Effects of racial slurs need consideration before use

by News Editor Anna Brown

“Sticks and stones may break my bones, but words can never hurt me” is the biggest lie I was ever told.

Last Friday, news of a group of female students from a Phoenix high school bombarded social media.

At first, the senior class had all work black shirts with gold letters spelling out, “BEST YOU’VE EVER SEEN CLASS OF 2016” with some students wearing shirts featuring asterisks to represent spaces between words for a yearbook photo.

Then, the smaller group of students used their shirts to spell out, “N-I-(asterisk)-(asterisk)-E-R.”

The school, Desert Vista High School, suspended the girls for six days, but some think their punishment should be more intense.

Bri Handy, a change.org user, started a petition calling for the expulsion of the students for their use of the word and firing of the principal for only giving them a five-day suspension for their actions.

While I agree that the girls needed more than just suspension, I think they need more education on racial slurs, not traditional punishment.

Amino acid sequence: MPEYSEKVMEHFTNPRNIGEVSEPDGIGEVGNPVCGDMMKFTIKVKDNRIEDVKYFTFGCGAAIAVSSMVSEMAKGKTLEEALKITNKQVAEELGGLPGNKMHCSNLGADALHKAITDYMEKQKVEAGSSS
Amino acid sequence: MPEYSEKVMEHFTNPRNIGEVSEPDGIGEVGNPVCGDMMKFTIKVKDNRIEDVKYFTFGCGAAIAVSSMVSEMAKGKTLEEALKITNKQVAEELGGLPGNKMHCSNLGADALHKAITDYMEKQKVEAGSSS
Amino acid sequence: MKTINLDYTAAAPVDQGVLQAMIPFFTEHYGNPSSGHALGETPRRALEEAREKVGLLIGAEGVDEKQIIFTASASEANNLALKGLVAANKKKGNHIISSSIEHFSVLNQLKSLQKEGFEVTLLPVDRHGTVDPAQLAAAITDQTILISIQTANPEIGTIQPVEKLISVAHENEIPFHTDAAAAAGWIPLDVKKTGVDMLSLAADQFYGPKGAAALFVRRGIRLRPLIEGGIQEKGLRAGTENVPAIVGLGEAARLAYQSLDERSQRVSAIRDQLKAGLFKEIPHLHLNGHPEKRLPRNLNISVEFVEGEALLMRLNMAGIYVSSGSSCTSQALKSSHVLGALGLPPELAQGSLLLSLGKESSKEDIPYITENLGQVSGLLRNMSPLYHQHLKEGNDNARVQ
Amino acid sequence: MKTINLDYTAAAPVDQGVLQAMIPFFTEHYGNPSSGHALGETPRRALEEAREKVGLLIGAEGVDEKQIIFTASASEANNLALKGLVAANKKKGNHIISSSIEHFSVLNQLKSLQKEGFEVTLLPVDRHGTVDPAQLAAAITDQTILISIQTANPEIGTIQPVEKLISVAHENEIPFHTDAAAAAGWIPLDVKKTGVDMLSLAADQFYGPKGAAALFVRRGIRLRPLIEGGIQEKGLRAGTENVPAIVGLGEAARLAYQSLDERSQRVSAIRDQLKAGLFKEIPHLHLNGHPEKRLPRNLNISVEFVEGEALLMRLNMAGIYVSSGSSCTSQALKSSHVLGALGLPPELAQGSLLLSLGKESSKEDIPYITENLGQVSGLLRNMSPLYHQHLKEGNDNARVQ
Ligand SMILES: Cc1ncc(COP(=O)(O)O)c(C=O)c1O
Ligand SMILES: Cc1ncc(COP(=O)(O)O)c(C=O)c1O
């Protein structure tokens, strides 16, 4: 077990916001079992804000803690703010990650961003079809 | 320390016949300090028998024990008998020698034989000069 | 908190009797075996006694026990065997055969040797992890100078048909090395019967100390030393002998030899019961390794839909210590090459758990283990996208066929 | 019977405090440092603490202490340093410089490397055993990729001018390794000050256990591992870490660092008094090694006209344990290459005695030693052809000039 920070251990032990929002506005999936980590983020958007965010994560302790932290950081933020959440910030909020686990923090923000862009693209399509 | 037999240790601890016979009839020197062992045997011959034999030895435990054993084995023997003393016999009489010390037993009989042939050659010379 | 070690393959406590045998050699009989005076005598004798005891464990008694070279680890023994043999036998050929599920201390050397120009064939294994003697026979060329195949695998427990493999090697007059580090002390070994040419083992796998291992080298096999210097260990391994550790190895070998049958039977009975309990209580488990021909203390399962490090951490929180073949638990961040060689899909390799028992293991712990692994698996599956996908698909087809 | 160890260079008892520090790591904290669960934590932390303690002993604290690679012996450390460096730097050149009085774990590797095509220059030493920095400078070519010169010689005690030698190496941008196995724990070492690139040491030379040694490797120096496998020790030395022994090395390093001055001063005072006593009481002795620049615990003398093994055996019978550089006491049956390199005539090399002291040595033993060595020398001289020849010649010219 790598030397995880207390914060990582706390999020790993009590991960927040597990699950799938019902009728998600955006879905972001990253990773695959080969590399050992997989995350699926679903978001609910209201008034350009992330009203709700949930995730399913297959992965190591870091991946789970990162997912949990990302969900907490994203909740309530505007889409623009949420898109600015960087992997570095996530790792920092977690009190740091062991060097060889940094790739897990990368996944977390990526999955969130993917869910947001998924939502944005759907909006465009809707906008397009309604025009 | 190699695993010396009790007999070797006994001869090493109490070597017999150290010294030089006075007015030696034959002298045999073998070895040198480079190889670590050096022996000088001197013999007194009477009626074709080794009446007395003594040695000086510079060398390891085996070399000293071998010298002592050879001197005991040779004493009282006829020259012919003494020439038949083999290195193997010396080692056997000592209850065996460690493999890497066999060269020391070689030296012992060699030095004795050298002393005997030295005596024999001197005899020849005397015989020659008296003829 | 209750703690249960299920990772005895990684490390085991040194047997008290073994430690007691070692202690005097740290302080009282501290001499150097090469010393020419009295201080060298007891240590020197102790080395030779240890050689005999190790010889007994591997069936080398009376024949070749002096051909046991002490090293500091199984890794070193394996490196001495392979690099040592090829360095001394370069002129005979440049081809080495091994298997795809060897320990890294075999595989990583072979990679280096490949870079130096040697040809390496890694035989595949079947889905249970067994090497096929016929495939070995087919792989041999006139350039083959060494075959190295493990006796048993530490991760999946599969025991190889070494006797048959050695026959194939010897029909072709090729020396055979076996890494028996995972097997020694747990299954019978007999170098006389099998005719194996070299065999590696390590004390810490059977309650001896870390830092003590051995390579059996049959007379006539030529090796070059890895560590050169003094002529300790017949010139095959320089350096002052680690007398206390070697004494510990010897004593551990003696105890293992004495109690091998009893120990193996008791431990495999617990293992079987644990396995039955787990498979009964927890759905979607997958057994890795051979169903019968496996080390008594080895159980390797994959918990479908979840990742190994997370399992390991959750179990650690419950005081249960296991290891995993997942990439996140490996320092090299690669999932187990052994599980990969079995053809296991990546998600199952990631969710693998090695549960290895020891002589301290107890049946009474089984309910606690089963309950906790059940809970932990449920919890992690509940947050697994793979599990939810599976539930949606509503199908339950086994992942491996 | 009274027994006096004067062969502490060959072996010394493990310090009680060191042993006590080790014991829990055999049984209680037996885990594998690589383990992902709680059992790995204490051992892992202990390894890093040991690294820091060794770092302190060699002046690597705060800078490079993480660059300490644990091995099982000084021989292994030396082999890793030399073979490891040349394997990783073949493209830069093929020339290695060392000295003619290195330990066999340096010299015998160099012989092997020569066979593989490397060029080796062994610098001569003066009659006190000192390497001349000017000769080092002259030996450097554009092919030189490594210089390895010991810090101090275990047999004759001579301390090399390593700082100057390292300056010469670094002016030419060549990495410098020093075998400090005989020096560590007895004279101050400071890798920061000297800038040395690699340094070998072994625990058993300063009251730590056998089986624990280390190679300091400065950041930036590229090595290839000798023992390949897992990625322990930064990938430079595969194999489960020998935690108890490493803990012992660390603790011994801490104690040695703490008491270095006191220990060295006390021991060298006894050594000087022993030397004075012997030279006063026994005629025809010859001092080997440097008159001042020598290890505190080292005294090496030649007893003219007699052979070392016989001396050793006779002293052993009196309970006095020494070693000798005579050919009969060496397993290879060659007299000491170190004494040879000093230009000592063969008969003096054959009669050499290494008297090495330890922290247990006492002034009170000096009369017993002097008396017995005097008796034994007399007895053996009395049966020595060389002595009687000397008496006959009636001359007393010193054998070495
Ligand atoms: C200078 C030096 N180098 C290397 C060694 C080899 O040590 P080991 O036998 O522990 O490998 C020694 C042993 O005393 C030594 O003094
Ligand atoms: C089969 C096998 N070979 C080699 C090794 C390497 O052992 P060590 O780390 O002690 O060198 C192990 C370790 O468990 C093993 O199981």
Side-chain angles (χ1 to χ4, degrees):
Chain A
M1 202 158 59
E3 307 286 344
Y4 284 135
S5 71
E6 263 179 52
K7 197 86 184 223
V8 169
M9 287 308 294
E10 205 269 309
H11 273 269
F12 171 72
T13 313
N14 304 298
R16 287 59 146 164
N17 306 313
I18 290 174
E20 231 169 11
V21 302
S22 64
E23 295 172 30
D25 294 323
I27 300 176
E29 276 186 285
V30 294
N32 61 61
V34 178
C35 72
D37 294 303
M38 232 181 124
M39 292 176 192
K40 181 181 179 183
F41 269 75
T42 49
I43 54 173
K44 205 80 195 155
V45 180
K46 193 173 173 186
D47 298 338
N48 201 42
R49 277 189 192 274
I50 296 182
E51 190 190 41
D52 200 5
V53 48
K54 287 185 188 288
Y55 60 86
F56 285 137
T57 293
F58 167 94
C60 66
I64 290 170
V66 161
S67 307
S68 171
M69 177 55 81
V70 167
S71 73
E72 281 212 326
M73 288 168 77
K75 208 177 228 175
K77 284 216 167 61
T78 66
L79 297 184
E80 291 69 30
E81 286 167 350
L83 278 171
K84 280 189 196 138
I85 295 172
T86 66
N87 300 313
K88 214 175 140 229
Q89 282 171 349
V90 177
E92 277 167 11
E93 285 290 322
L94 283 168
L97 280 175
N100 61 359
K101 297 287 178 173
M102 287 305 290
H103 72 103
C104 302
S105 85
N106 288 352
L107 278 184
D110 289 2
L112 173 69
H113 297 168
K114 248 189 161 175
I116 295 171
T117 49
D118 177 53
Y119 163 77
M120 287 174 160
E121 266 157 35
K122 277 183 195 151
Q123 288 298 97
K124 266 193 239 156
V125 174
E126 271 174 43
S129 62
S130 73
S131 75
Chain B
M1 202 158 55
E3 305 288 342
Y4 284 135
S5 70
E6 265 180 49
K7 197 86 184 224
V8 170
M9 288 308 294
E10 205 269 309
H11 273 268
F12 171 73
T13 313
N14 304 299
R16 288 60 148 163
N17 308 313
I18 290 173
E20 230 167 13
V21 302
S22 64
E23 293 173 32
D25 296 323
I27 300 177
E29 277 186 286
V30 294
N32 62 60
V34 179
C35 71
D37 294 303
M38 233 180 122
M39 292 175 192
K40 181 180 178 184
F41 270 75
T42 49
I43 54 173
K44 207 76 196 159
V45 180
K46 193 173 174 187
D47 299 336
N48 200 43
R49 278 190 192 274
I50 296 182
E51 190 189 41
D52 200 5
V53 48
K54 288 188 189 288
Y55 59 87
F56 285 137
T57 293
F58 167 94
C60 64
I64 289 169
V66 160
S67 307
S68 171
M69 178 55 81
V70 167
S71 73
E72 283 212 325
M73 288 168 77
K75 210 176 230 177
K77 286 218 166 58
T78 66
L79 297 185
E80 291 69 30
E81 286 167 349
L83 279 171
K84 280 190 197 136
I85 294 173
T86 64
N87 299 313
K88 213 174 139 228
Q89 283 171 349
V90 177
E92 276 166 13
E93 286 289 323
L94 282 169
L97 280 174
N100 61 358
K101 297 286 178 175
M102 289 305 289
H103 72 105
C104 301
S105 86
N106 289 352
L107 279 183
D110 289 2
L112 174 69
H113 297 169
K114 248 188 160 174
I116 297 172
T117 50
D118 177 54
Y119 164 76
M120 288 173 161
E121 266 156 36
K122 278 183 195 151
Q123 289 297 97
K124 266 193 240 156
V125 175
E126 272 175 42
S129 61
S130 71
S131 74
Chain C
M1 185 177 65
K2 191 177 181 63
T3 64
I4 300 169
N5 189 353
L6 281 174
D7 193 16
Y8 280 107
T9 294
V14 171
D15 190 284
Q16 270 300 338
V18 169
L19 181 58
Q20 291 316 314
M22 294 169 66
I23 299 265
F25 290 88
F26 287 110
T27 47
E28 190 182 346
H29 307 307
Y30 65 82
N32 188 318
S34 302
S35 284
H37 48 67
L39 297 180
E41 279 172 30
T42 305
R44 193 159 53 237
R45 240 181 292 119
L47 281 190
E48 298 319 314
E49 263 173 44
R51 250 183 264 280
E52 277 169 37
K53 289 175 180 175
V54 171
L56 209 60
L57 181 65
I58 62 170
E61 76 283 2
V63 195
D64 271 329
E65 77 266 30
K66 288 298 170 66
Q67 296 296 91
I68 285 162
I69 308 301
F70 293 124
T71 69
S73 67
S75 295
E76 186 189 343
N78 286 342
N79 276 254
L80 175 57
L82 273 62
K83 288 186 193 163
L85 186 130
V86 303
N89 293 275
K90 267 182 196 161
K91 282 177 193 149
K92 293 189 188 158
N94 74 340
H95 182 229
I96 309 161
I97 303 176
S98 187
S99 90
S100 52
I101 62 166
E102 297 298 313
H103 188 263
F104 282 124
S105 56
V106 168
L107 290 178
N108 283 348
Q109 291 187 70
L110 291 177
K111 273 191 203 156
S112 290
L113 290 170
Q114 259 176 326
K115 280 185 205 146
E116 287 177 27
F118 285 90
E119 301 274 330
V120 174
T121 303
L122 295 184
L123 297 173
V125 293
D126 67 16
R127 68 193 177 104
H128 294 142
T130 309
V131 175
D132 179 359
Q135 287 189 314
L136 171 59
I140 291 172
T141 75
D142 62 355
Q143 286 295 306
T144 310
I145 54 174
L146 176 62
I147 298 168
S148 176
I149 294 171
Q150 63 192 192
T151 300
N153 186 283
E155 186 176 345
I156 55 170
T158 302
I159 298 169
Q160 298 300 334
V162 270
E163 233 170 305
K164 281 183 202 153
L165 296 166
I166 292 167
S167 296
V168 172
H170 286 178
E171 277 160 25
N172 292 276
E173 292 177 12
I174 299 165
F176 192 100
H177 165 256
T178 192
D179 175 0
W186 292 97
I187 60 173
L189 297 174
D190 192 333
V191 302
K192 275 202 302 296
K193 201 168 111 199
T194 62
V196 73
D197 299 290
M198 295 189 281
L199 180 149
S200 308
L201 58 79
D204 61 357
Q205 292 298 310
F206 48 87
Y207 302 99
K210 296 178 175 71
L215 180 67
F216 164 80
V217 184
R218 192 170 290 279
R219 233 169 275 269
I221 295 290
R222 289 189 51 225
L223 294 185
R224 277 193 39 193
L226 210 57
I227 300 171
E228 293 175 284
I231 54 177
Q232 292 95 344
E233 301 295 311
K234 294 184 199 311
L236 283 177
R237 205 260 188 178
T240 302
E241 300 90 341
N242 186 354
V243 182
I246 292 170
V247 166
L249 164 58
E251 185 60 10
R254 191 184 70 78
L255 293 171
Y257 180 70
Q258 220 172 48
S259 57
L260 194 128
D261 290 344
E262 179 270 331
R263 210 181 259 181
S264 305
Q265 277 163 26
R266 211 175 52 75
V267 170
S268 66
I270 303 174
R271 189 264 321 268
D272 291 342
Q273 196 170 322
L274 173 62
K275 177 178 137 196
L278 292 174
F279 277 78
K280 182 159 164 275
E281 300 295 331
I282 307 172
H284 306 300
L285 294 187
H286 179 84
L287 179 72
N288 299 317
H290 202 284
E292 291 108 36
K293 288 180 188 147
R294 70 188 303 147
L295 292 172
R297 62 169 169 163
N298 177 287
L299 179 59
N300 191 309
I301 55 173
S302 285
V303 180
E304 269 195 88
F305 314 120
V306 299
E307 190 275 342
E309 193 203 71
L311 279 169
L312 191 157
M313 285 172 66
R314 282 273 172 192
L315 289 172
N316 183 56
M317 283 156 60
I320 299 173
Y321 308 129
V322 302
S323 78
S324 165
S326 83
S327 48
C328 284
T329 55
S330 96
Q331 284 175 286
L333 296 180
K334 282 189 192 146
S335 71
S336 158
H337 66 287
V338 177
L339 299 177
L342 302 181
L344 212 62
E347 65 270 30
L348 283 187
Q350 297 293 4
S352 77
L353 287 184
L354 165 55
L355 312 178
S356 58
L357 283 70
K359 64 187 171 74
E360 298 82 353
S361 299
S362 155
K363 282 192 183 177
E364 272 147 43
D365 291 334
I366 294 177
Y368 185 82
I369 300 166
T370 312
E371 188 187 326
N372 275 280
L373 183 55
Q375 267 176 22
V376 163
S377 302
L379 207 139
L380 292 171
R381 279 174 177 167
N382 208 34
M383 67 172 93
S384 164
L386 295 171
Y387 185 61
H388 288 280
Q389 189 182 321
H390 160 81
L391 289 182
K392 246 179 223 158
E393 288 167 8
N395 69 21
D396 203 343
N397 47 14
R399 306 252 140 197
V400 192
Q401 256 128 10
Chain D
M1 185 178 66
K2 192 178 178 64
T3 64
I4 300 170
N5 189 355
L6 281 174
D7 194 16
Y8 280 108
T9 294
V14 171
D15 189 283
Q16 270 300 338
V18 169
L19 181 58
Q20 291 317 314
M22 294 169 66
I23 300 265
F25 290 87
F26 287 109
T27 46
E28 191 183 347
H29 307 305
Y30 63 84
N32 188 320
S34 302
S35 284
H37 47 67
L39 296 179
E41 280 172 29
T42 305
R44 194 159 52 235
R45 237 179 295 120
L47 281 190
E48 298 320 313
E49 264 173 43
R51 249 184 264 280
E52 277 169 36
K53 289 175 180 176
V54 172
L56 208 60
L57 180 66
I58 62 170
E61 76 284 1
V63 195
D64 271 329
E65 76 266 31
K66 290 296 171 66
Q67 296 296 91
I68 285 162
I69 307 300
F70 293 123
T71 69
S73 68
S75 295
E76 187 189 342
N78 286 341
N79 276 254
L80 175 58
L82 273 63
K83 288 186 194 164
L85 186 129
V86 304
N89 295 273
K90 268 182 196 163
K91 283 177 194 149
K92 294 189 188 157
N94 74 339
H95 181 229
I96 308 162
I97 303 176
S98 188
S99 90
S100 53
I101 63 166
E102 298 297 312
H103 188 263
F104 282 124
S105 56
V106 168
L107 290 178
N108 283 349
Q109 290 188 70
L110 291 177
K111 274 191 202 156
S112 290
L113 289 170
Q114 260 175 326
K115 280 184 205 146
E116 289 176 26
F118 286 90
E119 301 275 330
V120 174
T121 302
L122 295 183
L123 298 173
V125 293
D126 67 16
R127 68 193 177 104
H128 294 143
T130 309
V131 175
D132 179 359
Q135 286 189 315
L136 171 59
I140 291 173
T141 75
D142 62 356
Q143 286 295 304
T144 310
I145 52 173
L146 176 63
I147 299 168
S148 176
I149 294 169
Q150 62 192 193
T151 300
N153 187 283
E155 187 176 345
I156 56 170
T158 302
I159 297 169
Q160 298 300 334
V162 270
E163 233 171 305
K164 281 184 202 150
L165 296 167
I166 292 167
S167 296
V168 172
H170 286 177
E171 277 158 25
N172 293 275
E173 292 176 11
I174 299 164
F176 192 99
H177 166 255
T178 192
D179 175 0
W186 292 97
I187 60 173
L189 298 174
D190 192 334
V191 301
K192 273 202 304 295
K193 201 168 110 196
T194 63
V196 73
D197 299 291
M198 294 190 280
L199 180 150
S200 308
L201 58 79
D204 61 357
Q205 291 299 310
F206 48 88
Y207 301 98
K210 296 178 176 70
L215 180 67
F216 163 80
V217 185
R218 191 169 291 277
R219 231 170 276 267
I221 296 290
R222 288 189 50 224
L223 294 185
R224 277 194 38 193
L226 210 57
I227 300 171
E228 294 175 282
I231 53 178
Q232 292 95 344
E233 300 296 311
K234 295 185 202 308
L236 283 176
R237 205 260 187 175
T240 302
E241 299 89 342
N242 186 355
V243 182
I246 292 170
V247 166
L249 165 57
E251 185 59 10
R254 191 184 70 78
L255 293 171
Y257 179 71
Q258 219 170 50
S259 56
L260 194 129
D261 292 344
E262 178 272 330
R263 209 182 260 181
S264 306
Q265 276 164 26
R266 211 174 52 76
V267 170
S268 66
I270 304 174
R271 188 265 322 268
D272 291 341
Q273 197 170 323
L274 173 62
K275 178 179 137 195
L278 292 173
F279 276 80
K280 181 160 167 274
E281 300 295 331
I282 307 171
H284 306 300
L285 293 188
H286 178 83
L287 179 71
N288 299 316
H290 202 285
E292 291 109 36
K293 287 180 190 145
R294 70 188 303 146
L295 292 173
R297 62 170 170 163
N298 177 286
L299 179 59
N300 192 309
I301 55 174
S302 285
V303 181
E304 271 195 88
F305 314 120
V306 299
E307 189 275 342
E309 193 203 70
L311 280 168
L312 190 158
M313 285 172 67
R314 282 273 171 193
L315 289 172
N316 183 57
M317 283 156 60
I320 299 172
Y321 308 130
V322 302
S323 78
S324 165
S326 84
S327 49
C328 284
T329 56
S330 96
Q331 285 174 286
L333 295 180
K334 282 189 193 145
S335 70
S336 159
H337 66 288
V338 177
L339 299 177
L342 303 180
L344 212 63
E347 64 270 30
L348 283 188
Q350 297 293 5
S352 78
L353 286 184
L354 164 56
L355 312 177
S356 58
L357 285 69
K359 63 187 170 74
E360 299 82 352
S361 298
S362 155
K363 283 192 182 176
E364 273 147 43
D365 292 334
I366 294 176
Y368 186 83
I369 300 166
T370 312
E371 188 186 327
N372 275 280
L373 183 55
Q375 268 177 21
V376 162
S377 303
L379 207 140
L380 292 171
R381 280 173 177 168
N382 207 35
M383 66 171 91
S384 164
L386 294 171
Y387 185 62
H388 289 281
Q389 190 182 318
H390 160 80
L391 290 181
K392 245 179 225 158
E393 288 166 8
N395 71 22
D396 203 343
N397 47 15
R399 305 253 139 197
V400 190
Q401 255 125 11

The root of the “N-word,” is the word, “negro,” which is the word for the color black in both Spanish and Portuguese.

The French eventually started using the word, “negress,” as a term for an African woman. By the 1800s, the term became widely known as derogatory and offensive, according to the African American Registry.

Merriam-Webster’s dictionary said the “N-word” means, “A member of a socially disadvantaged class of persons.”

Throughout our modern history, the word was attached to blacks as a form of verbal abuse, racism and segregation.

I hear many people — even on this campus — use the word as a way to joke around. Every day I hear, “What’s up?” followed by the “N-word” from someone’s mouth.

While I do not know the intent of the six girls from Phoenix, I assume they might have the same attitude that many people on this campus have toward the word.

“I mean it as a joke,” people say. Or, “Hey, I was just joking with my friend. I’m not a racist!”

These people need to really study the history of this word and how it has literally shaped our culture.

If I were the principal of Desert Vista High School, I would arrange an additional required history course on the use of this word and how it is associated with racism and the major changes caused by the civil rights movement.

I also encourage my fellow classmates and friends to really think about the meaning of that word and the hatred it is associated with.

Words hurt. Most physical injuries heal, but some emotional injuries never mend.